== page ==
The two men spearheading the Phillies' transition from perennial contender to long-term rebuilder face uncertain futures in their current roles. Pat Gillick, 77, is committed through this baseball season but took on the president's role on only a short-term basis. General manager Ruben Amaro Jr., 50, is in the final year of his contract.
That makes this an unusual rebuilding project.
"Let me put it this way, the general manager, he's been around for a long period of time. I've been around for a long period of time," Gillick said in a recent interview. "We're going to do from a professional standpoint what we think is the right way for this organization to go.
"We're not going to make a decision that's going to affect us in any way personally. From the standpoint [of], we're not going to make a deal or we're not going to do something that's going to save his job or going to save my job. We're going to do what we think is in the long-term best interest of the Phillies."
Gillick became the Phillies' permanent president in January when the team announced that David Montgomery, who held the role since 1997, would assume the chairman position. The recent front office shake-up could pave the way for Gillick, in conjunction with ownership, to pick the next Phillies president. An eventual decision on Amaro's future will be made "collectively," Montgomery indicated in a recent interview on SiriusXM's MLB Network Radio.
Gillick has direct oversight over Amaro, and both men answer to the Phillies ownership group led by John Middleton, the wealthiest of the ownership partners, and the Buck family.
Middleton, a private man who has become more visible in recent years, owns a 48-percent ownership stake in the team, according to a source with knowledge of the arrangement. Responding in October to a Fox29 report claiming Middleton was attempting to buy majority control, the team said: "Over the life of the Phillies partnership, no one entity or family has owned a majority of the partnership, and we do not foresee this changing in the future."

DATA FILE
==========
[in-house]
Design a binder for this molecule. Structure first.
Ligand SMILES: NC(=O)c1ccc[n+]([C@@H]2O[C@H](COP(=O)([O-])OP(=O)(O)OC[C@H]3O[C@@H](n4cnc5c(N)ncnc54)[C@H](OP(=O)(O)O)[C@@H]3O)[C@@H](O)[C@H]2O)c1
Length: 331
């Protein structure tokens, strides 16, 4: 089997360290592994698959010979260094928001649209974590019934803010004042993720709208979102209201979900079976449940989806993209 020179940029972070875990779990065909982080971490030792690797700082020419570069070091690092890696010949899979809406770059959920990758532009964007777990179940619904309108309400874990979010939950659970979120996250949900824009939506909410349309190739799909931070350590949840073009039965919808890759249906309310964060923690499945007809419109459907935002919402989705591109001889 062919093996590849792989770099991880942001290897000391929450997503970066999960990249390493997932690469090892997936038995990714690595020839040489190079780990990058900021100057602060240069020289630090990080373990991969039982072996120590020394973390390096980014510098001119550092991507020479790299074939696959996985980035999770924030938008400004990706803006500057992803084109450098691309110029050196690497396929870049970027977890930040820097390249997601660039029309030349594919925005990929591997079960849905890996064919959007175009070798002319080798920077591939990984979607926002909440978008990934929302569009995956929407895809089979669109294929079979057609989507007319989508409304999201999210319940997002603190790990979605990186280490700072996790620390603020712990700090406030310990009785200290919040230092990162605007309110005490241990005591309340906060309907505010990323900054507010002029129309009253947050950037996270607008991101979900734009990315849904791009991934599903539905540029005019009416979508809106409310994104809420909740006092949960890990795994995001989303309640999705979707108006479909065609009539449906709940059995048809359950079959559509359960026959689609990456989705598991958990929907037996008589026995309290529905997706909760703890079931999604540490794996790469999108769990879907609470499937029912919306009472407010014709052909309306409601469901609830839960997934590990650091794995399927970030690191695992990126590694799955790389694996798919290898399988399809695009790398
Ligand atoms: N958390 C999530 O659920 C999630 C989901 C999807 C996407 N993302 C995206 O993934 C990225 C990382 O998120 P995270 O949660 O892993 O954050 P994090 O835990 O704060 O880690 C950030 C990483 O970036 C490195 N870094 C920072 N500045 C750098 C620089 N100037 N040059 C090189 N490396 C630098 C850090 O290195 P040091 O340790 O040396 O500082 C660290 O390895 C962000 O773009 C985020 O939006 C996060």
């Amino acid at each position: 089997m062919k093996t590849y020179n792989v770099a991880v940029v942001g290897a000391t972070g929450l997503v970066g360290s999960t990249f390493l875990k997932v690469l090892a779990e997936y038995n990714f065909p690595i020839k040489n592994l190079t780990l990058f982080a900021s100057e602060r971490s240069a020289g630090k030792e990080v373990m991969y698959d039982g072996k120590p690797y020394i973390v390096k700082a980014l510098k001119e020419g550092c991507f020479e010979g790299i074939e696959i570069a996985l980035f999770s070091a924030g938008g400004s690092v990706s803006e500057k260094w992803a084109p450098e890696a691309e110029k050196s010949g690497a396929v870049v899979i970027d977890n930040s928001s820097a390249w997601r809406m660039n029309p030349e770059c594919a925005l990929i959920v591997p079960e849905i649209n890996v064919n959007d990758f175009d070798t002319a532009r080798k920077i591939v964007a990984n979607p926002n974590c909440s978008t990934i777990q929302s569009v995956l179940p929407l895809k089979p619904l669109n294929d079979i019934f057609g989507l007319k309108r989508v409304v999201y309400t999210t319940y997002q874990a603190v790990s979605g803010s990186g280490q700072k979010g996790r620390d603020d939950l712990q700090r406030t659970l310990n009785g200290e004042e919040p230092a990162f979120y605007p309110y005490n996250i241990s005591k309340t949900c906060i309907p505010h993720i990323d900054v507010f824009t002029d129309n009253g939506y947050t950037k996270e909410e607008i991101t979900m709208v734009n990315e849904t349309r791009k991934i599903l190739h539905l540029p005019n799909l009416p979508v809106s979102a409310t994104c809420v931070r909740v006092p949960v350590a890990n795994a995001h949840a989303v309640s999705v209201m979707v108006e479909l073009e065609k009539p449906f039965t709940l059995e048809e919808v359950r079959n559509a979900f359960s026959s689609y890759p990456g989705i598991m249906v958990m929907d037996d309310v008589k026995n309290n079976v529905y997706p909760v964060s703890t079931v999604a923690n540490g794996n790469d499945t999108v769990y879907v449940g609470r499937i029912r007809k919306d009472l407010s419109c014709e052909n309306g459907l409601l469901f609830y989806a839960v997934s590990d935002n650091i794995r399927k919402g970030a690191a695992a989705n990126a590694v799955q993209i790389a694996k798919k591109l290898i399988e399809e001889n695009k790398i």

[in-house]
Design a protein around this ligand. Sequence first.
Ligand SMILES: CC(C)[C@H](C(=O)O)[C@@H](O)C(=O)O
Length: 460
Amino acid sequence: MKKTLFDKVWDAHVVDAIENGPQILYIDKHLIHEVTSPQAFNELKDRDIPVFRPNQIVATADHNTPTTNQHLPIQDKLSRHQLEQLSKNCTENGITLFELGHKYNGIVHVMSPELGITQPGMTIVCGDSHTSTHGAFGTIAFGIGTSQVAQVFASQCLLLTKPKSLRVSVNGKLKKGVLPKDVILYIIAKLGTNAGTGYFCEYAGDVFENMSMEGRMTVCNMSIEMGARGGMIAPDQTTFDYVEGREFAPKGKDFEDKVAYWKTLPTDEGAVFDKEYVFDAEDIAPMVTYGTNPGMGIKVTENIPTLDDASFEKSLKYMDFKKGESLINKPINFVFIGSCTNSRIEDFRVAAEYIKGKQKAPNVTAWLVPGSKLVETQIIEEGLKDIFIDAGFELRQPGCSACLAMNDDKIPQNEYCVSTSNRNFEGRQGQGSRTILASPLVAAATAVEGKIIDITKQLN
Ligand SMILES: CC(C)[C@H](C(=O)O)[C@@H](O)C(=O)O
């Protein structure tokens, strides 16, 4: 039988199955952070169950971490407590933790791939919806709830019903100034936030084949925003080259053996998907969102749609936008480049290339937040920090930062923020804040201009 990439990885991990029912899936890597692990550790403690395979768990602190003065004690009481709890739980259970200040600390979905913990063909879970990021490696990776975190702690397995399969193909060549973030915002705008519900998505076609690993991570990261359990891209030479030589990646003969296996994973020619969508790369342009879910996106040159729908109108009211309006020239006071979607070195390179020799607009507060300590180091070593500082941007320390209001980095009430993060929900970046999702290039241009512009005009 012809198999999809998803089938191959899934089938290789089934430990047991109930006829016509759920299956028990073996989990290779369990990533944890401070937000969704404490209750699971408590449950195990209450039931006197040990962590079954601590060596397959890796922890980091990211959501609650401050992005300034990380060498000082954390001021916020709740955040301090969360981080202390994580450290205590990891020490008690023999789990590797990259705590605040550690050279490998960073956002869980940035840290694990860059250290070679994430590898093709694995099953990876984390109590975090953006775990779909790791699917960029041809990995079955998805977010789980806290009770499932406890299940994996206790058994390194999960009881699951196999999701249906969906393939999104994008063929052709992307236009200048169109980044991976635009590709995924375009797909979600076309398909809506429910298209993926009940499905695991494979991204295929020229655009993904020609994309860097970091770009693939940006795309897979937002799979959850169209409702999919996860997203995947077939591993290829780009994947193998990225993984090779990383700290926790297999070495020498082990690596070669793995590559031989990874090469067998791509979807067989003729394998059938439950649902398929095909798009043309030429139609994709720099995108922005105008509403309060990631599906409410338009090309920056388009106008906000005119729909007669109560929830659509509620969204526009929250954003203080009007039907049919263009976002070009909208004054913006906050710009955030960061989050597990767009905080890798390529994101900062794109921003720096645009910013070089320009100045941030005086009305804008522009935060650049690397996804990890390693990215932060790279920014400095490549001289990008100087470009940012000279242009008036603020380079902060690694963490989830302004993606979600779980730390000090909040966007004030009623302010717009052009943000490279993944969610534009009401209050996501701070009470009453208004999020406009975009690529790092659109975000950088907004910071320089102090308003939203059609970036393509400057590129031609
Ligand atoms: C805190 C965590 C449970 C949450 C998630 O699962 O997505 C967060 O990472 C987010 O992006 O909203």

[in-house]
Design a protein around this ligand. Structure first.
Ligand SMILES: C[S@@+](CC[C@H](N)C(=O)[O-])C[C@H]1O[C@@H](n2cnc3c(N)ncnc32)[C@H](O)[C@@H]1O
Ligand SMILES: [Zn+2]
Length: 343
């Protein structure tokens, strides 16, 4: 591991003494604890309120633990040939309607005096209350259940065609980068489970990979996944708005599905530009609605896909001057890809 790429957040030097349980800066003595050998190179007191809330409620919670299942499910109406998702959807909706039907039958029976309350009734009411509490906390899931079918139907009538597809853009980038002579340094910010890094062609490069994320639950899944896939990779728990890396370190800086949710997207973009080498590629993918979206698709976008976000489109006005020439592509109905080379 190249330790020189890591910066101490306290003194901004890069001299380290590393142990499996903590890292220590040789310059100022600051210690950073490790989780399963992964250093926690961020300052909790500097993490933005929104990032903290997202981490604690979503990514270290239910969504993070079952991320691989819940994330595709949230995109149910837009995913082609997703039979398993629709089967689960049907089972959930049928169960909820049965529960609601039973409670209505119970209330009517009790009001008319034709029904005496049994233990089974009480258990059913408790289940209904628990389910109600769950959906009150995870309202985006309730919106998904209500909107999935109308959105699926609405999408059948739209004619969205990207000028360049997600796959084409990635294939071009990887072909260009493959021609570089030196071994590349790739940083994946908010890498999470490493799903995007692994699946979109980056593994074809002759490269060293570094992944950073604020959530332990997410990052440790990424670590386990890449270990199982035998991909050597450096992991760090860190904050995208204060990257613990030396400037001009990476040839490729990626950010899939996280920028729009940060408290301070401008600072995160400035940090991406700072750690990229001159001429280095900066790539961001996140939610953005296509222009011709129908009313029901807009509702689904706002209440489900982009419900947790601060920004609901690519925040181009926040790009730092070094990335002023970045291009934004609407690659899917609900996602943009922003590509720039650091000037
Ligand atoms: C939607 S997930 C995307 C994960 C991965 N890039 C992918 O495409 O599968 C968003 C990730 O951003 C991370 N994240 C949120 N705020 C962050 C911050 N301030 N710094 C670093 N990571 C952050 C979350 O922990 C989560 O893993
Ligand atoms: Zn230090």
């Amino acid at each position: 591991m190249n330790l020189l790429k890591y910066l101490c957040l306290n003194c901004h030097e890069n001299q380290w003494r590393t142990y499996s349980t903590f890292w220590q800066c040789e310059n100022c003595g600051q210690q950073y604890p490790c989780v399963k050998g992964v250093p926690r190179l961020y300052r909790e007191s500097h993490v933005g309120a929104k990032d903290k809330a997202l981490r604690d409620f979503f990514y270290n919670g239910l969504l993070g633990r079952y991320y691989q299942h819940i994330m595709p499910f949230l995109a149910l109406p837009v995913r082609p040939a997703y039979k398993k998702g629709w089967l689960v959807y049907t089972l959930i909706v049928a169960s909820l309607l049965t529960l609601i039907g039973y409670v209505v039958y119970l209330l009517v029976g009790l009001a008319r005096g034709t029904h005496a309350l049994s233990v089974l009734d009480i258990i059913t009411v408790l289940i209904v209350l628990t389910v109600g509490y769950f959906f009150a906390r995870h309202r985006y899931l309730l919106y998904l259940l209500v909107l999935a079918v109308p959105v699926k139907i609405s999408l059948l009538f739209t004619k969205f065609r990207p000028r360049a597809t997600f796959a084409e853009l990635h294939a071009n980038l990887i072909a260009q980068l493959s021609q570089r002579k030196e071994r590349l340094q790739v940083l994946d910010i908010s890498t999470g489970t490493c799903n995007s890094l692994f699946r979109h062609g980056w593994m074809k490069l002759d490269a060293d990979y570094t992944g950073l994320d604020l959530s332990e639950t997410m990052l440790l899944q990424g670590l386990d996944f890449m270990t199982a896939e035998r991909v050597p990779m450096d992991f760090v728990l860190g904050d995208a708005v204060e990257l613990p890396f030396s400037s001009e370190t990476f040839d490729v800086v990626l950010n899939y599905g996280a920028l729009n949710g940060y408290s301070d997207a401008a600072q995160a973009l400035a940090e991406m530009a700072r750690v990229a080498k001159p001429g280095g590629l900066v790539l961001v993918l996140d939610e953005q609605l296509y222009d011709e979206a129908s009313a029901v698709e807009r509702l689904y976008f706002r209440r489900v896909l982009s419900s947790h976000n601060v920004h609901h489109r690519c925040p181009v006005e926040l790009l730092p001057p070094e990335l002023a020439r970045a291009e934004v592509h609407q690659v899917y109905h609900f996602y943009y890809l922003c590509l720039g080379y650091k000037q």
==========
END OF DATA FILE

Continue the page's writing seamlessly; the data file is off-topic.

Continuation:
Gillick painted a picture of a united front among the biggest shareholders - Middleton and the Buck family. There has been no hint of monetary restraints from ownership, the team president said. The "marching orders," according to Gillick, are to "try to acquire as much talent as possible, as much young talent as possible."
Gillick, formerly the general manager of four clubs, has not embarked on a true rebuild in nearly four decades, when he led the expansion Toronto Blue Jays. For the oft-maligned Amaro, this past fall signified the start of his first rebuild since he took over for Gillick after the 2008 world championship season.
The team's transition began in earnest with the December trades of Jimmy Rollins, Marlon Byrd, and Antonio Bastardo and will continue throughout the season. Ace lefthander Cole Hamels has been a human trade rumor since the winter.
When it comes to trade talks, Amaro and Gillick are both involved. Gillick, a 2011 Baseball Hall of Fame inductee, said the GM is "very inclusive in his calls and in his decision-making."
Gillick is the first Phillies president without an ownership stake in the team since 1981, when Bill Giles and his business partners purchased the team. Whereas Montgomery oversaw both baseball and business operations in his 17-plus years at the helm, Gillick focuses mainly on baseball operations.
The Phillies recently promoted Michael Stiles, a former United States attorney for Pennsylvania's Eastern District, to lead their business operations. Gillick estimated he concentrates 80 percent of his time on baseball operations, the other 20 percent on the business side.
The baseball decisions he and Amaro make this season could have long-standing effects on the organization.
"I think what we want to do is hopefully get this thing headed in the right direction from a rebuilding standpoint," Gillick said.
"We want to try to acquire as much young talent as we possibly can and create the largest pool of players we can, from both the pitching side and the position-[player] side, and hopefully out of that pool there will be some players that will step forward and become Phillies."